Above all else Scouting should be a service organization. In the Scout Oath a young man pledges to do his best in fulfilling his duty to God and country. He also promises to “help other people at all times.” The Scout slogan reminds a boy to “do a good turn daily.” Service to God, country, and one’s fellow man is paramount to the Scouting program.
Service also is the focus of the priesthood of God. Everything a young man does in the Aaronic Priesthood is designed to teach him to unselfishly lose himself in service to others. Through assignments in quorum leadership, home teaching, collecting fast offerings, administering ordinances, missionary work, and fellowshipping, a boy learns to reach out to others and assist those who “stand in need of comfort” (Mosiah 18:9). The duty of a young priesthood holder is “to warn, expound, exhort, and teach, and invite all to come unto Christ” (D&C 20:59). Doing so requires him to freely give of himself.
Both the Aaronic Priesthood and Scouting in The Church of Jesus Christ of Latter-day Saints have been established to teach boys to serve. Self-sacrificing service is an enduring attribute that will benefit a young boy throughout his life. It is the template of how he should conduct himself as a friend, missionary, college student, employee, husband, father, and adult priesthood leader.
Your Scouting program should give boys ample opportunities to serve. Young men can serve God by faithfully fulfilling their priesthood responsibilities. They can serve their country by performing as an honor guard for flag ceremonies at civic meetings, working crowd control at community events, placing flags on graves of veterans in national cemeteries, assisting in community improvement efforts, building trails at state and national parks, and by learning about our system of government and their responsibilities as citizens and future voters. Young men serve their fellow man when they ease the burden of those who need assistance. Merit badges provide the skills boys need to help the homeless, the sick, the weary, the widowed, the downtrodden, the displaced—all those who could benefit from a unified force of physically strong, mentally awake, and morally straight young men.
I hope you see the connection between my weekly messages. Your boys should recite the Scout Oath, Law, motto, and slogan weekly so they are constantly reminded of their duty to serve others (Mac’s Message #20). They should be prepared with an annual calendar that includes planned service opportunities (#21). Service to others will require boys to leave the comfort of their homes, to get outside, to go where they are needed (#22). Once planned, these service projects should be carried out as scheduled and never canceled, even if only a few boys show up (#23). The few faithful boys may have to work twice as hard to cover for those who failed to do their duty, but they will feel the joy and satisfaction that comes when one has pushed himself to do hard things (#24).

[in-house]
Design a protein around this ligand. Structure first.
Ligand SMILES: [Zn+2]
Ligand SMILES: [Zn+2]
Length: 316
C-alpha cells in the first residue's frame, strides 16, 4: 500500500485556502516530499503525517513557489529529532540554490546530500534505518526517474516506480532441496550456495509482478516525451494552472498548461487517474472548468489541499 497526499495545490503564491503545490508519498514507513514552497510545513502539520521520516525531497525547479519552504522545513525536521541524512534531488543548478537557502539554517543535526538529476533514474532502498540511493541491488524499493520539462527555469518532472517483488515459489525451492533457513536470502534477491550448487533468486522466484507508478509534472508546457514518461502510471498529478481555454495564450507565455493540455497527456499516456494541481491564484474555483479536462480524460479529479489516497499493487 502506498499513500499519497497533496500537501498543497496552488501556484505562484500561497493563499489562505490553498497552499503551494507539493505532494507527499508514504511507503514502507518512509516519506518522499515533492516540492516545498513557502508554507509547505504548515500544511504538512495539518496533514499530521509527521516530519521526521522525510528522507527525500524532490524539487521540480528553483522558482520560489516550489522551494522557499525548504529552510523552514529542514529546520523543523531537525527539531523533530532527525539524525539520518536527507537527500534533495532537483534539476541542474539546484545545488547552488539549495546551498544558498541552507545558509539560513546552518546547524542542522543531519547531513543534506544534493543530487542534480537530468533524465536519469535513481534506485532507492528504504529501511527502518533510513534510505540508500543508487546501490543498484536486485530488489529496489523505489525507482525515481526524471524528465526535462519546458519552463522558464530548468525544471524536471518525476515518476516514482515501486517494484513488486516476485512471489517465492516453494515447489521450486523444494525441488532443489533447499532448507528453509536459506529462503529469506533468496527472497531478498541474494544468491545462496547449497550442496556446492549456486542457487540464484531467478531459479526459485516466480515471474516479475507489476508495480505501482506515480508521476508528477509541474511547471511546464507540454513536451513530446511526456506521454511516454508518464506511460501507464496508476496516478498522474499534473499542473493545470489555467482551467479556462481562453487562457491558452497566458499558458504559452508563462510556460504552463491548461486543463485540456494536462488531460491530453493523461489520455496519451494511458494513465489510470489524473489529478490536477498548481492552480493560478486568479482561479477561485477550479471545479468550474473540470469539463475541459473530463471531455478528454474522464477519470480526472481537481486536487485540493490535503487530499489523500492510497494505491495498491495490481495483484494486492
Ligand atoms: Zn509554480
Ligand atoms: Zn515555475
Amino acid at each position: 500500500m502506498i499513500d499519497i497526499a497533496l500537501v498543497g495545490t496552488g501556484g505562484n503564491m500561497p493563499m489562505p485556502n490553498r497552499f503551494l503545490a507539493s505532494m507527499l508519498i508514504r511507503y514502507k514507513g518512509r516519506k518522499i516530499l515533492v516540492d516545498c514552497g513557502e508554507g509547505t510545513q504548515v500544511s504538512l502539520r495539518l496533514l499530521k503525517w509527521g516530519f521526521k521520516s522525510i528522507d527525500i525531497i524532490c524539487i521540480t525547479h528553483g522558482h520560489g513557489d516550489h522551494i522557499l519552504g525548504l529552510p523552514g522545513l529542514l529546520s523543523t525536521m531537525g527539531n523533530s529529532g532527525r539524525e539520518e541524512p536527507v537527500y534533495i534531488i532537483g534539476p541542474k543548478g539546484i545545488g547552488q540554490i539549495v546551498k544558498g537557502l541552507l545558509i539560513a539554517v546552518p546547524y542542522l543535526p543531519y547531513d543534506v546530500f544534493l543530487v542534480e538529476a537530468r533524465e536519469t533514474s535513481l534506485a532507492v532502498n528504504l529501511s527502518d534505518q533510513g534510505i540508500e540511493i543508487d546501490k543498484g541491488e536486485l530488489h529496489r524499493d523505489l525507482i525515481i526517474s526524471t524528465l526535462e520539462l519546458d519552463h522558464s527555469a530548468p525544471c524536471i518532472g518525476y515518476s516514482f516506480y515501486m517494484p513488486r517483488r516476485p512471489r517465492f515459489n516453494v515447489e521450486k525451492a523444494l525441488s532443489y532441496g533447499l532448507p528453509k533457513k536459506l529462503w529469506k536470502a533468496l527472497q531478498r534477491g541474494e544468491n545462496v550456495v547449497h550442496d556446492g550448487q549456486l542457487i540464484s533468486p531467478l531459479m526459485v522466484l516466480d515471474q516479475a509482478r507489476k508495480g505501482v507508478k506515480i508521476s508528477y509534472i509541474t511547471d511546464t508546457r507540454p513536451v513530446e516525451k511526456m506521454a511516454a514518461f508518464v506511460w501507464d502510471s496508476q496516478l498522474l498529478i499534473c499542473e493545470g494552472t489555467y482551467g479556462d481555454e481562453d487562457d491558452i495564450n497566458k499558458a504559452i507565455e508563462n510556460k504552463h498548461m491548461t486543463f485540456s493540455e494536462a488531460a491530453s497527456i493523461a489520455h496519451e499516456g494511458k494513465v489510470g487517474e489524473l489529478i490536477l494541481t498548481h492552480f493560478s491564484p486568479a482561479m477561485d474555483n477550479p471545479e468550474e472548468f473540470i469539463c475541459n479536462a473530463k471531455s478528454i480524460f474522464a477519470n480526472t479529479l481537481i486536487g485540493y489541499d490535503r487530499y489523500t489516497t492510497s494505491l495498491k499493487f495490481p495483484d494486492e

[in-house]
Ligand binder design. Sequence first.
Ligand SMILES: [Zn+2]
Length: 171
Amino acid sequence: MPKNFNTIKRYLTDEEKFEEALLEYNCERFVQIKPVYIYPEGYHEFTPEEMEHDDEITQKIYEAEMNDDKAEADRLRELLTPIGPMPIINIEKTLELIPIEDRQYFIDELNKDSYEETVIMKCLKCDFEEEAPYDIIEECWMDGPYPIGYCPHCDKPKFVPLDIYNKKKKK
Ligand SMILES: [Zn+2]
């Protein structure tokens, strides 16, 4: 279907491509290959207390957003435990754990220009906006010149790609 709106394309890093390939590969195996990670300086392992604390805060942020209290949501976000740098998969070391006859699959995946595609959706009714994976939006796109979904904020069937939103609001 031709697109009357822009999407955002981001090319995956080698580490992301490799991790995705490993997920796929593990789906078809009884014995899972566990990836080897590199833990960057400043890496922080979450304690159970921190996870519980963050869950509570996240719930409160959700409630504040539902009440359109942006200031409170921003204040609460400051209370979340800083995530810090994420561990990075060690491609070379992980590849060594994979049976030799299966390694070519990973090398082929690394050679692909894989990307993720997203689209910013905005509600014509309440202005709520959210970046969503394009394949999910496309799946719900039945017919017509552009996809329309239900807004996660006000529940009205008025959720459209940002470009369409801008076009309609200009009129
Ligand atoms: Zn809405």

I encourage you to provide your boys with numerous opportunities to serve. I hope service to others is a priority in your Aaronic Priesthood and Scouting programs. Merit badges and rank advancement teach boys knowledge, but service to others provides wisdom in the things that matter most. “I tell you these things that ye may learn wisdom; that ye may learn that when ye are in the service of your fellow beings ye are only in the service of your God” (Mosiah 2:17).
Take a Moment to Reflect
- Do you understand the service implications of the Scout Oath, Law, motto, and slogan?
- Do you actively seek out “those who stand in need?” (Alma 34:28).
- Do you plan monthly service projects with your boys?
- Do you diligently serve alongside your boys and never shirk your responsibility to “help other people at all times?”
- Have you and your boys felt the joy that comes when you willingly give of yourself to others?
Turn Your Reflection Into Action
- What will you start doing, stop doing, or do better as a result of your reflection?
“We are now moving into an era when we need to have young men with strong spiritual strength who will stand up and teach with conviction the principles of the gospel. This will come about through a righteous home environment and activities in the quorum, including Scouting, which build character. Boys should be engaged in service projects, work projects, and experiences where they can learn the principles of sacrifice and work. This will help prepare these young men for their foreordained responsibilities in the kingdom” (Ezra Taft Benson, Teachings of Ezra Taft Benson, p. 221).
-Mac McIntire is a dedicated Scouter who has blessed many lives through his service and acute understanding of the Scouting program. He currently lives in Las Vegas, Nevada. The views and opinions expressed in this message are solely those of the author.